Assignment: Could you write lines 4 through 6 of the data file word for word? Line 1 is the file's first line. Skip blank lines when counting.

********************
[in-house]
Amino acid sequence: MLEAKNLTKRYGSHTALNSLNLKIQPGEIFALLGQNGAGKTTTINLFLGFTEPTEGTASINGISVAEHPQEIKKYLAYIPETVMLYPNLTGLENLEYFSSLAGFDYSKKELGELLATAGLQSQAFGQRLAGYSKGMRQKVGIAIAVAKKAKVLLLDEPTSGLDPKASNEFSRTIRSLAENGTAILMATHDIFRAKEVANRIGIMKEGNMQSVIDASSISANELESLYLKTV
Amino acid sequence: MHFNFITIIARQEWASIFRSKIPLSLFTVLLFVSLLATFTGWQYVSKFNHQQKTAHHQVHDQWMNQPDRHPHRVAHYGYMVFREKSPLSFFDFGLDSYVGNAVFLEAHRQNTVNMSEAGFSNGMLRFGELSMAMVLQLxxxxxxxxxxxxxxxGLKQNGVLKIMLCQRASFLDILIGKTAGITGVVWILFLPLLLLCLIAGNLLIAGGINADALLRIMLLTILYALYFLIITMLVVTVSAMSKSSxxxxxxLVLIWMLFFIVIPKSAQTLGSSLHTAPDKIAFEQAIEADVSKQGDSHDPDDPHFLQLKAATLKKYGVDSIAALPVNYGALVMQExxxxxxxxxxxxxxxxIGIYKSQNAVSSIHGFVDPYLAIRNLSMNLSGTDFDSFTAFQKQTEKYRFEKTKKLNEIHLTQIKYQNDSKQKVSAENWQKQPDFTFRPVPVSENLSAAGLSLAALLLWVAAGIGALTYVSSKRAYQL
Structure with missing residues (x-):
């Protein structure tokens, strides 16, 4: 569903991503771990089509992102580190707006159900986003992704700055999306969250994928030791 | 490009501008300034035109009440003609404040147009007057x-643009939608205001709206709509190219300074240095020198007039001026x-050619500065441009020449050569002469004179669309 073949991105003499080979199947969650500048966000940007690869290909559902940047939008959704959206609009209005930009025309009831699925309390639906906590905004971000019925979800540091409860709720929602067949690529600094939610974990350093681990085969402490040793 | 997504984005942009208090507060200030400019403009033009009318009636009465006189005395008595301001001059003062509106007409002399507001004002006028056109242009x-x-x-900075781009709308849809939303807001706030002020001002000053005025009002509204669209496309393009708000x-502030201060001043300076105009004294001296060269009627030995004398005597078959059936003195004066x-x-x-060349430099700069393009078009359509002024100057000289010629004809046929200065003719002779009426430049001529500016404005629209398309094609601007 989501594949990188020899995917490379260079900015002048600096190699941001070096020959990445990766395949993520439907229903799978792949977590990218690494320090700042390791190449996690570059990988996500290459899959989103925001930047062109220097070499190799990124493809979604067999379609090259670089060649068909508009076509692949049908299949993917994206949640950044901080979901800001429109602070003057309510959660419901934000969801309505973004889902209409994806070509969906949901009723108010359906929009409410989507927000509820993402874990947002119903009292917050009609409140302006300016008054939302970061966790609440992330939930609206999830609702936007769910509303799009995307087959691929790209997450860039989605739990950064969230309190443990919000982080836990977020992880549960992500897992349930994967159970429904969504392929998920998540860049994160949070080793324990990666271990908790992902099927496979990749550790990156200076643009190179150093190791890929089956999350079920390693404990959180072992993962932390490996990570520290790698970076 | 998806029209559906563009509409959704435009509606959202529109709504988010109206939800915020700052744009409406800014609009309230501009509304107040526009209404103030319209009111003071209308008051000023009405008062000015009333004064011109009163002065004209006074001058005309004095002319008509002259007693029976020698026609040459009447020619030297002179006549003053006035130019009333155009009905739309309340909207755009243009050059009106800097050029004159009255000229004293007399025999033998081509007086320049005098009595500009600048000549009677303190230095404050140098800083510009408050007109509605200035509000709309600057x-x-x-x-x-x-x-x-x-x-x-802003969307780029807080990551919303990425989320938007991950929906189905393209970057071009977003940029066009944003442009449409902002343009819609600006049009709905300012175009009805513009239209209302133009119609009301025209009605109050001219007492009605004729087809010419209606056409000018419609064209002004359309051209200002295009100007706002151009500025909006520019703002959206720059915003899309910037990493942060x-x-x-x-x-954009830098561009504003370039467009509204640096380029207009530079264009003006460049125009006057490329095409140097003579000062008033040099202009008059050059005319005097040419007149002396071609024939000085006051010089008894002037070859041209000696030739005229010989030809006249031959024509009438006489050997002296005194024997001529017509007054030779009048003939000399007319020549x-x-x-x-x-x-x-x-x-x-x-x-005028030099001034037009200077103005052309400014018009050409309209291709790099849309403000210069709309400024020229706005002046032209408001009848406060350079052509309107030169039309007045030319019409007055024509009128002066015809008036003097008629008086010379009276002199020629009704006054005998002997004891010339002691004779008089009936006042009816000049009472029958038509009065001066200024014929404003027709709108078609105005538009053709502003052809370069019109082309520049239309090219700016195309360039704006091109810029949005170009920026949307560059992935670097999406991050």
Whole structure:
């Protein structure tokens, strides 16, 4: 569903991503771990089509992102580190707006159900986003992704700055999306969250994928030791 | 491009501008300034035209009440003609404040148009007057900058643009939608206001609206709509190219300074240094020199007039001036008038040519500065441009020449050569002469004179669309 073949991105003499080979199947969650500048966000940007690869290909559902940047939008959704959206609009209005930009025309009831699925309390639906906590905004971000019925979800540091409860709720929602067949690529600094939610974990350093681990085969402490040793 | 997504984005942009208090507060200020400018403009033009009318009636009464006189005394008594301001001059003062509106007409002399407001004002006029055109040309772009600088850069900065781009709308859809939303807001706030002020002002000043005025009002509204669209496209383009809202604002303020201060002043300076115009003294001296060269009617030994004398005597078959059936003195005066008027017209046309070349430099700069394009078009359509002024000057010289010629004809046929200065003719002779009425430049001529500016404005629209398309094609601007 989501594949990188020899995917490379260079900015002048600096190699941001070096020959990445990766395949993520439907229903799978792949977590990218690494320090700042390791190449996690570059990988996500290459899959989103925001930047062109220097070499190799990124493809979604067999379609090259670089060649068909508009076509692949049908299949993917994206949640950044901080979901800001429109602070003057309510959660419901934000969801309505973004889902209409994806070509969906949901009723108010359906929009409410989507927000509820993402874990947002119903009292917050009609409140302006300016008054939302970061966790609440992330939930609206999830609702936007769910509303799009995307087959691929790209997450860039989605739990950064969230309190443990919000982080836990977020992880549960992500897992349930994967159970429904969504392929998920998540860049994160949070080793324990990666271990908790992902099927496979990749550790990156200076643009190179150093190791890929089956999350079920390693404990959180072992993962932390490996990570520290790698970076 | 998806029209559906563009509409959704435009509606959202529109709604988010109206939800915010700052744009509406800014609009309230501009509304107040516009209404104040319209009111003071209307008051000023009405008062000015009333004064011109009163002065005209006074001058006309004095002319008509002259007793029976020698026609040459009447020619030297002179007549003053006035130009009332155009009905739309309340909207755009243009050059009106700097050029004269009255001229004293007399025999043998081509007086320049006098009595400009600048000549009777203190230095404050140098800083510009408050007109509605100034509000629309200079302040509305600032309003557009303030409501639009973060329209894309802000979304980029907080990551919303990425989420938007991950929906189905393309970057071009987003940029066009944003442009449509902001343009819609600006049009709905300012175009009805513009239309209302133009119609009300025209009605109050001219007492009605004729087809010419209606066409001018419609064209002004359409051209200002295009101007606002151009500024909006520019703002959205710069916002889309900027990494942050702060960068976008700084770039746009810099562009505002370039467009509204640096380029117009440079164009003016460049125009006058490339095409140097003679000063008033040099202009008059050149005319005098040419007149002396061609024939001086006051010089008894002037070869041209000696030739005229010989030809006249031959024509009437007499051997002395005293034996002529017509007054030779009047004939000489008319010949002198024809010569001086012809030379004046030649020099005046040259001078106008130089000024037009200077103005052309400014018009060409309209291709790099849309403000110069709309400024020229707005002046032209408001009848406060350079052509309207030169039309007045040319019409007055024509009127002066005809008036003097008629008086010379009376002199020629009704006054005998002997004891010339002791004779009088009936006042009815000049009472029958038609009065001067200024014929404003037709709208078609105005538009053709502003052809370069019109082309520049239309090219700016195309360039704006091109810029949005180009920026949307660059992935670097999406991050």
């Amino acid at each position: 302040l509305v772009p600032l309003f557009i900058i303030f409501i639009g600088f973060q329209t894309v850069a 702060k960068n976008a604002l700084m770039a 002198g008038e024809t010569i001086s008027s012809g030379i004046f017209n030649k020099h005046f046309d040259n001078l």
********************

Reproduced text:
Structure with missing residues (x-):
């Protein structure tokens, strides 16, 4: 569903991503771990089509992102580190707006159900986003992704700055999306969250994928030791 | 490009501008300034035109009440003609404040147009007057x-643009939608205001709206709509190219300074240095020198007039001026x-050619500065441009020449050569002469004179669309 073949991105003499080979199947969650500048966000940007690869290909559902940047939008959704959206609009209005930009025309009831699925309390639906906590905004971000019925979800540091409860709720929602067949690529600094939610974990350093681990085969402490040793 | 997504984005942009208090507060200030400019403009033009009318009636009465006189005395008595301001001059003062509106007409002399507001004002006028056109242009x-x-x-900075781009709308849809939303807001706030002020001002000053005025009002509204669209496309393009708000x-502030201060001043300076105009004294001296060269009627030995004398005597078959059936003195004066x-x-x-060349430099700069393009078009359509002024100057000289010629004809046929200065003719002779009426430049001529500016404005629209398309094609601007 989501594949990188020899995917490379260079900015002048600096190699941001070096020959990445990766395949993520439907229903799978792949977590990218690494320090700042390791190449996690570059990988996500290459899959989103925001930047062109220097070499190799990124493809979604067999379609090259670089060649068909508009076509692949049908299949993917994206949640950044901080979901800001429109602070003057309510959660419901934000969801309505973004889902209409994806070509969906949901009723108010359906929009409410989507927000509820993402874990947002119903009292917050009609409140302006300016008054939302970061966790609440992330939930609206999830609702936007769910509303799009995307087959691929790209997450860039989605739990950064969230309190443990919000982080836990977020992880549960992500897992349930994967159970429904969504392929998920998540860049994160949070080793324990990666271990908790992902099927496979990749550790990156200076643009190179150093190791890929089956999350079920390693404990959180072992993962932390490996990570520290790698970076 | 998806029209559906563009509409959704435009509606959202529109709504988010109206939800915020700052744009409406800014609009309230501009509304107040526009209404103030319209009111003071209308008051000023009405008062000015009333004064011109009163002065004209006074001058005309004095002319008509002259007693029976020698026609040459009447020619030297002179006549003053006035130019009333155009009905739309309340909207755009243009050059009106800097050029004159009255000229004293007399025999033998081509007086320049005098009595500009600048000549009677303190230095404050140098800083510009408050007109509605200035509000709309600057x-x-x-x-x-x-x-x-x-x-x-802003969307780029807080990551919303990425989320938007991950929906189905393209970057071009977003940029066009944003442009449409902002343009819609600006049009709905300012175009009805513009239209209302133009119609009301025209009605109050001219007492009605004729087809010419209606056409000018419609064209002004359309051209200002295009100007706002151009500025909006520019703002959206720059915003899309910037990493942060x-x-x-x-x-954009830098561009504003370039467009509204640096380029207009530079264009003006460049125009006057490329095409140097003579000062008033040099202009008059050059005319005097040419007149002396071609024939000085006051010089008894002037070859041209000696030739005229010989030809006249031959024509009438006489050997002296005194024997001529017509007054030779009048003939000399007319020549x-x-x-x-x-x-x-x-x-x-x-x-005028030099001034037009200077103005052309400014018009050409309209291709790099849309403000210069709309400024020229706005002046032209408001009848406060350079052509309107030169039309007045030319019409007055024509009128002066015809008036003097008629008086010379009276002199020629009704006054005998002997004891010339002691004779008089009936006042009816000049009472029958038509009065001066200024014929404003027709709108078609105005538009053709502003052809370069019109082309520049239309090219700016195309360039704006091109810029949005170009920026949307560059992935670097999406991050």
Whole structure: